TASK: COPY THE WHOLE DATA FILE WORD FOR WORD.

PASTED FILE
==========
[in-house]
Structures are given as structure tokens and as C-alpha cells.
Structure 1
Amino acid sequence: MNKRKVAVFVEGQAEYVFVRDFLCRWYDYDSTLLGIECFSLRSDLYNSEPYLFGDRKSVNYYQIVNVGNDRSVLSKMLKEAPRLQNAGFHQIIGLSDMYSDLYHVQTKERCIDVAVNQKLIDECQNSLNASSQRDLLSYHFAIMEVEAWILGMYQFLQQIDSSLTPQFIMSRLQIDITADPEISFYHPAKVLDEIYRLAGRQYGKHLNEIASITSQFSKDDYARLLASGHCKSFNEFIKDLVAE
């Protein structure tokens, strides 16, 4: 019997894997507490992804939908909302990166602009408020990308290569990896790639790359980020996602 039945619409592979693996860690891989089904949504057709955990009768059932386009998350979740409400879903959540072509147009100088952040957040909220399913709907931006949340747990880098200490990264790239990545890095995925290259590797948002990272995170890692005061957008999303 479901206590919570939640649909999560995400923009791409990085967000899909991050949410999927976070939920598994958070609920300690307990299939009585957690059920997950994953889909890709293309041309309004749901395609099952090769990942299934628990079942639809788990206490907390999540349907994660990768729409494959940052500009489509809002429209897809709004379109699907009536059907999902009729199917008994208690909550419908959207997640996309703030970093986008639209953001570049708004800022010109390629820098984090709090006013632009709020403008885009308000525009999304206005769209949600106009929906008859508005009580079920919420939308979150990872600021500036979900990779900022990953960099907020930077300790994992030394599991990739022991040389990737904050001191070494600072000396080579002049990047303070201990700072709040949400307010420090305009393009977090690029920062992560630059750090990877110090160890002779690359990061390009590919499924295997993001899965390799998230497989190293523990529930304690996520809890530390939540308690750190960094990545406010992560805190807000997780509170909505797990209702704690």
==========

[in-house]
Structures are given as structure tokens and as C-alpha cells.
Structure 1
Amino acid sequence: MNKRKVAVFVEGQAEYVFVRDFLCRWYDYDSTLLGIECFSLRSDLYNSEPYLFGDRKSVNYYQIVNVGNDRSVLSKMLKEAPRLQNAGFHQIIGLSDMYSDLYHVQTKERCIDVAVNQKLIDECQNSLNASSQRDLLSYHFAIMEVEAWILGMYQFLQQIDSSLTPQFIMSRLQIDITADPEISFYHPAKVLDEIYRLAGRQYGKHLNEIASITSQFSKDDYARLLASGHCKSFNEFIKDLVAE
């Protein structure tokens, strides 16, 4: 019997894997507490992804939908909302990166602009408020990308290569990896790639790359980020996602 039945619409592979693996860690891989089904949504057709955990009768059932386009998350979740409400879903959540072509147009100088952040957040909220399913709907931006949340747990880098200490990264790239990545890095995925290259590797948002990272995170890692005061957008999303 479901206590919570939640649909999560995400923009791409990085967000899909991050949410999927976070939920598994958070609920300690307990299939009585957690059920997950994953889909890709293309041309309004749901395609099952090769990942299934628990079942639809788990206490907390999540349907994660990768729409494959940052500009489509809002429209897809709004379109699907009536059907999902009729199917008994208690909550419908959207997640996309703030970093986008639209953001570049708004800022010109390629820098984090709090006013632009709020403008885009308000525009999304206005769209949600106009929906008859508005009580079920919420939308979150990872600021500036979900990779900022990953960099907020930077300790994992030394599991990739022991040389990737904050001191070494600072000396080579002049990047303070201990700072709040949400307010420090305009393009977090690029920062992560630059750090990877110090160890002779690359990061390009590919499924295997993001899965390799998230497989190293523990529930304690996520809890530390939540308690750190960094990545406010992560805190807000997780509170909505797990209702704690």